Thoughts On Singlish

On 8 Dec 2013, I was featured in an article in The New Paper about Singlish. As a documentary filmmaker I understand perfectly how difficult it is to distill the entirety of what someone tells you into just a small snippet that (you hope) is representative of the whole, and that not only will nuances be lost, but excessive detail is often undesirable. I think Hui Theng did an admirable job retaining the essence of what I said without getting bogged down in the particulars. (Just one detail needs correcting: I've taken not one, but three linguistics classes at NYU.) That said, I think it would be a shame for my responses to Hui Theng to go to waste, so I'm republishing them here with her permission.

You mentioned you were annoyed when you saw the query "Why don't Singaporeans try to speak proper English?" Why? Was it because you felt the tone was patronising? Did the person who posted the query get back to you after your reply?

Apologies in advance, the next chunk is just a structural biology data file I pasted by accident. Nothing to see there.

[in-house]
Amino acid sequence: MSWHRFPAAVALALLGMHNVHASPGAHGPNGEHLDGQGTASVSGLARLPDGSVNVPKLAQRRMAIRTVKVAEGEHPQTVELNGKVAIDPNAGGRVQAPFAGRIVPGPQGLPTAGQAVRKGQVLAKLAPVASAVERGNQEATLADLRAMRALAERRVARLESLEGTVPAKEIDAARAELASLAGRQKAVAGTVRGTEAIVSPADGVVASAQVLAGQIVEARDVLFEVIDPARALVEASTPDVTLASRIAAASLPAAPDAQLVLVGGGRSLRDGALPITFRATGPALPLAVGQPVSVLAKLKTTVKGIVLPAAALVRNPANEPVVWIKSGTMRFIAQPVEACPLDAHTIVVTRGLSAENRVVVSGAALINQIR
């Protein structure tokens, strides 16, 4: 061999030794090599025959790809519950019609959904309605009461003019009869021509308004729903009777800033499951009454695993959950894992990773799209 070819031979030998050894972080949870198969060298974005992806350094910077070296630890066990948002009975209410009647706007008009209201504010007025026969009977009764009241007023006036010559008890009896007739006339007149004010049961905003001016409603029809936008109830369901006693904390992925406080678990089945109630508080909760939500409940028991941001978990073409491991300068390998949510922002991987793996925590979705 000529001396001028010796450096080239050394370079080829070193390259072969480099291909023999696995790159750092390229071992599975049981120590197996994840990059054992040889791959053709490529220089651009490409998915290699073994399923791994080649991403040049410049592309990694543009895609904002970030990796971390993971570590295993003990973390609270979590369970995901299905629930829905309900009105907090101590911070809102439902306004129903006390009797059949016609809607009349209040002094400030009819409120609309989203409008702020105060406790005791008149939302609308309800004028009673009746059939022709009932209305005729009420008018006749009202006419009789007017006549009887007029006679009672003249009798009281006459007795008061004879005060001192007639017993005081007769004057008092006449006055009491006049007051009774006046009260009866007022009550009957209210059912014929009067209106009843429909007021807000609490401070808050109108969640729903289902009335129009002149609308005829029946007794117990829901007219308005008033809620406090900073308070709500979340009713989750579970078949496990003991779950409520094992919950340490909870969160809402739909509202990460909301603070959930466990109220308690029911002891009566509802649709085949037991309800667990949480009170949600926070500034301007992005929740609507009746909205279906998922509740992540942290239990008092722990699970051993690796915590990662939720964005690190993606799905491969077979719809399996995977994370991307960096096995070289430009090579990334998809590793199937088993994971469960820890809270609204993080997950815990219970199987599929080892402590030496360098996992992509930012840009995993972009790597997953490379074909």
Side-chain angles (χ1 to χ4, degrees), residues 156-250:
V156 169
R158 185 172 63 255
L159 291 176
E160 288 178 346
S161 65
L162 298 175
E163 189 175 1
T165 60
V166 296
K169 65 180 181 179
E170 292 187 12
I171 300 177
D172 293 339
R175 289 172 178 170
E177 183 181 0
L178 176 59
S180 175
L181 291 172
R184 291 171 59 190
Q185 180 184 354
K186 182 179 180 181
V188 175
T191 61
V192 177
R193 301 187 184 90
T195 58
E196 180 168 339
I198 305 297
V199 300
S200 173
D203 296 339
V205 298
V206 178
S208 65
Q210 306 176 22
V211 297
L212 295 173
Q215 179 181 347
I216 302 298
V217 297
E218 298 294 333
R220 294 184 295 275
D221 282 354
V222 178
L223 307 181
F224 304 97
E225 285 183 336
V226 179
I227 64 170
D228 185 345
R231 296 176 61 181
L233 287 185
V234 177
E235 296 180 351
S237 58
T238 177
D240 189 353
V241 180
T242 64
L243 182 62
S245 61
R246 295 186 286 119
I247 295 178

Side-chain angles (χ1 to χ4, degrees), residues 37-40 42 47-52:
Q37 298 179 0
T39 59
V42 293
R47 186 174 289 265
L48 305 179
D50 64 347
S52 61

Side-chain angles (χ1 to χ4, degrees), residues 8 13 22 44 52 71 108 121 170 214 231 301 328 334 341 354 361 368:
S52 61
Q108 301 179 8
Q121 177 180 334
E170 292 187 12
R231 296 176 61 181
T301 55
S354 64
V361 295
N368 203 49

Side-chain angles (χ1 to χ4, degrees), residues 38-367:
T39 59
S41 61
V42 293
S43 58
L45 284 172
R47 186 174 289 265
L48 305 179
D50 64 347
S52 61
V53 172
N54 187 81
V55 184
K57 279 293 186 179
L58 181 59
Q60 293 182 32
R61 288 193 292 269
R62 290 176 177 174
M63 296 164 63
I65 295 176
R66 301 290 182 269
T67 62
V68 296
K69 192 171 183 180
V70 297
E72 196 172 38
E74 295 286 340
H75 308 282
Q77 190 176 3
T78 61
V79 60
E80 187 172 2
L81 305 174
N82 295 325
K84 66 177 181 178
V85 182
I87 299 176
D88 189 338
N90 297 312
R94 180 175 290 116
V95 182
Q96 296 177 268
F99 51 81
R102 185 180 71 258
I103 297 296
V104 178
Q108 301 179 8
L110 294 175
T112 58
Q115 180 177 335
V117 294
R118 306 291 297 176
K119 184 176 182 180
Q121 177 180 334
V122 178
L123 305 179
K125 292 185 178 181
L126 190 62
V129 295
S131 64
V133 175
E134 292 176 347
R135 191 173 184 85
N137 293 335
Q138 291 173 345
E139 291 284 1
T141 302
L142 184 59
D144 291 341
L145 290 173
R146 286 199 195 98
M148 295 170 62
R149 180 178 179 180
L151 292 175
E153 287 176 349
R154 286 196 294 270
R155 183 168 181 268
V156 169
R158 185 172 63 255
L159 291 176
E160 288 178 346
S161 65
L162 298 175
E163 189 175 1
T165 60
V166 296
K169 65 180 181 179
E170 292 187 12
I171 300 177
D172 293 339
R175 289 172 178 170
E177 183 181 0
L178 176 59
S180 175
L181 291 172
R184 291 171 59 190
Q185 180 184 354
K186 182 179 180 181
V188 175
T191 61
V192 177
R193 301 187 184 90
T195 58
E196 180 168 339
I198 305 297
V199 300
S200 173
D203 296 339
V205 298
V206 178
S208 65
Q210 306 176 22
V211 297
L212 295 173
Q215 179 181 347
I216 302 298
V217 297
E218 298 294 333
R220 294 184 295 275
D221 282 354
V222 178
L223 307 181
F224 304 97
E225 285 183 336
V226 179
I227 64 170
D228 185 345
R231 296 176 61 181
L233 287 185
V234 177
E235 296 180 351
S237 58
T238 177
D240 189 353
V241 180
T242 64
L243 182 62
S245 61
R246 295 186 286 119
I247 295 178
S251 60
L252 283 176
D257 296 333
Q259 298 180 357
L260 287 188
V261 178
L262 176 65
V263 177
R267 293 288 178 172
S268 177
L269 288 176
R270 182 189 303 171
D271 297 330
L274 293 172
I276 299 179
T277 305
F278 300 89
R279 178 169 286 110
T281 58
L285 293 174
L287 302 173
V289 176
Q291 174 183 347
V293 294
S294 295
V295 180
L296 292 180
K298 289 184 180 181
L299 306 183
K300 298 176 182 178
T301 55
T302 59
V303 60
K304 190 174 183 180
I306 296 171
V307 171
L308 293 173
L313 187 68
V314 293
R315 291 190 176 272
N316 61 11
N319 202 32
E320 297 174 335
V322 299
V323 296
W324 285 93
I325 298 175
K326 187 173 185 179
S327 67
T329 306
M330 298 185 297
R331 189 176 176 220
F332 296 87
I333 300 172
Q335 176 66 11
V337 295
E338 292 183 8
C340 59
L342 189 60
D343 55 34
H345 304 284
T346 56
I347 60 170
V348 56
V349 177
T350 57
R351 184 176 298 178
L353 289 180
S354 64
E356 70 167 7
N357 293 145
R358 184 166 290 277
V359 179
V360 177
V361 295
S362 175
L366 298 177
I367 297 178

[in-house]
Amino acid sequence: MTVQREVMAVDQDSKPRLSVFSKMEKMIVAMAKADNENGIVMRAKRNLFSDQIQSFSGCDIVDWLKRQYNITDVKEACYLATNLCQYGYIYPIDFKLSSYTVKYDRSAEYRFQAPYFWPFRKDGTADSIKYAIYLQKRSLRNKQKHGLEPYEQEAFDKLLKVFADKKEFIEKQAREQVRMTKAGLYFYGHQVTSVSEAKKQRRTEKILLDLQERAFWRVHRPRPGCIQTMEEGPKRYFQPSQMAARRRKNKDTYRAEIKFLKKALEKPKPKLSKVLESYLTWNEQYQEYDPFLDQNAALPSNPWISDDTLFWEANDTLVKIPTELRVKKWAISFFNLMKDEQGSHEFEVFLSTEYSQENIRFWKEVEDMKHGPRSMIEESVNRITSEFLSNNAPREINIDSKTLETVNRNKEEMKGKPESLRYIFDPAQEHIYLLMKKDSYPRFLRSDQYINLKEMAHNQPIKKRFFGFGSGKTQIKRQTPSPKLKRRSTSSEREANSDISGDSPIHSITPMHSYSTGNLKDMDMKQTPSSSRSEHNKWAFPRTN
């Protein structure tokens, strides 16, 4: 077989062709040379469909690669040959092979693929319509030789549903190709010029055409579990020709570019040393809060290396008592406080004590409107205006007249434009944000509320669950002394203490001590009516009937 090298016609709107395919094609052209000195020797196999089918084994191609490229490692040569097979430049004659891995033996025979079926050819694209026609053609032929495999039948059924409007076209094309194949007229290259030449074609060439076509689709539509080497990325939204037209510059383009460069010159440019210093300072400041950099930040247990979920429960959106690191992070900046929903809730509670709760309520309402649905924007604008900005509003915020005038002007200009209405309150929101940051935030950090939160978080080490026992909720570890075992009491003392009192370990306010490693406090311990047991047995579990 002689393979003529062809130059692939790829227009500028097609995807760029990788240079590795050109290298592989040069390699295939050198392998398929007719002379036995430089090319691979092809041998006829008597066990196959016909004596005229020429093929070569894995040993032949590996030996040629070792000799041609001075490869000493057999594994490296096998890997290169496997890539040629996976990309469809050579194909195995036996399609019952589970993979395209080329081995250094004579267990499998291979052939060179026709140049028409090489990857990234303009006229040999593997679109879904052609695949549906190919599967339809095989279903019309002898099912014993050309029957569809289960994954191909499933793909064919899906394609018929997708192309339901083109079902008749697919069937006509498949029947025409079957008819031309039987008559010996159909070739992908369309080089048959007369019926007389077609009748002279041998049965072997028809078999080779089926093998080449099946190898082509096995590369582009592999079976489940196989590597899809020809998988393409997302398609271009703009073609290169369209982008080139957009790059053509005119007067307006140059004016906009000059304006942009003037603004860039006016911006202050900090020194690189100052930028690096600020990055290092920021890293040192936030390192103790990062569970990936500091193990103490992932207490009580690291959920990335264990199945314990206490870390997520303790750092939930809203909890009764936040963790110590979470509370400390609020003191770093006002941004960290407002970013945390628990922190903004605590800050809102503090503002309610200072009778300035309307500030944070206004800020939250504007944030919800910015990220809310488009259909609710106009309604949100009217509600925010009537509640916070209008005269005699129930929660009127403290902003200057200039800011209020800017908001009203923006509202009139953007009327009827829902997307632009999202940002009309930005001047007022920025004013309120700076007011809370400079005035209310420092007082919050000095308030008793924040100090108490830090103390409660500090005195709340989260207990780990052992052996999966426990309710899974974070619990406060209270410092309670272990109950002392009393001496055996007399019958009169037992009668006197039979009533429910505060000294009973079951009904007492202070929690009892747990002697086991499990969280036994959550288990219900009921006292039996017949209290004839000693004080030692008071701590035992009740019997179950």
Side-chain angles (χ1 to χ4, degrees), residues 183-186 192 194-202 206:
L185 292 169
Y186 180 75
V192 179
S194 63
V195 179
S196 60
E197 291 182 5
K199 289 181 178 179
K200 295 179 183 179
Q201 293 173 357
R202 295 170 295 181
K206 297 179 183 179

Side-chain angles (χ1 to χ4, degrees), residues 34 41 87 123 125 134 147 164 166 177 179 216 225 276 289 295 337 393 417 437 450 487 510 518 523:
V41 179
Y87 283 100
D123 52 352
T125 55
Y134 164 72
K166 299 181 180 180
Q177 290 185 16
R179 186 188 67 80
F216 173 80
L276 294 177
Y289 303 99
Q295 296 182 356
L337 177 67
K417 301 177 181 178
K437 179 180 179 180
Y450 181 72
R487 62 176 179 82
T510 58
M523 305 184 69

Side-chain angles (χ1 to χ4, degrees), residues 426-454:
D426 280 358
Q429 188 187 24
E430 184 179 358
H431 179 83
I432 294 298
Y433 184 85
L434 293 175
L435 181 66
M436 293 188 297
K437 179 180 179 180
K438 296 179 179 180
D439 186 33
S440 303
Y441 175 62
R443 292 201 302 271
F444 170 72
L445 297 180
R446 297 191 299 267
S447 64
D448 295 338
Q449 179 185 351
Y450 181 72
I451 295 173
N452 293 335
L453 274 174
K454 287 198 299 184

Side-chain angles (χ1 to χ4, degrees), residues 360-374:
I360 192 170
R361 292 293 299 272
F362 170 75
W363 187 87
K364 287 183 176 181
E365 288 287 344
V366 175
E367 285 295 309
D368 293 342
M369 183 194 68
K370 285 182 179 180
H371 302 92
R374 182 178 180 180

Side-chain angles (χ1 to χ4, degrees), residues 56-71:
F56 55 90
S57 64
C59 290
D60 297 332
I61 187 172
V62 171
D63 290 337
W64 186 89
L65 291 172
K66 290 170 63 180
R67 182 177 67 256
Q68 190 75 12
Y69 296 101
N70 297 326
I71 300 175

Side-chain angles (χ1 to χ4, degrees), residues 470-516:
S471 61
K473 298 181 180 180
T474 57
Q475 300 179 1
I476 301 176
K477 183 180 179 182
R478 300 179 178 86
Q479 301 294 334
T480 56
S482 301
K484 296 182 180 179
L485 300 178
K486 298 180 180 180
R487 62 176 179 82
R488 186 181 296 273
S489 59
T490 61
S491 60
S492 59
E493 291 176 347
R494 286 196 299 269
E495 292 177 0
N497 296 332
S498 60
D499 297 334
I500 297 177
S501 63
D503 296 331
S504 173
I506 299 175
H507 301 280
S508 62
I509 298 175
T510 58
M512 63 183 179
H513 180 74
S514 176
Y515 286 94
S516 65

I think questions like that annoy me because implicit in the question is the assumption that one regional form of English is more "proper" than another. When phrased like this, the question assumes a prescriptive approach to language: there is a way English should be spoken, and anything that does not conform to the model is not "proper". But languages are much more complex than that - they're not static, they're constantly undergoing change, and that's a beautiful thing. So to begin with, it annoyed me that the question didn't recognise that.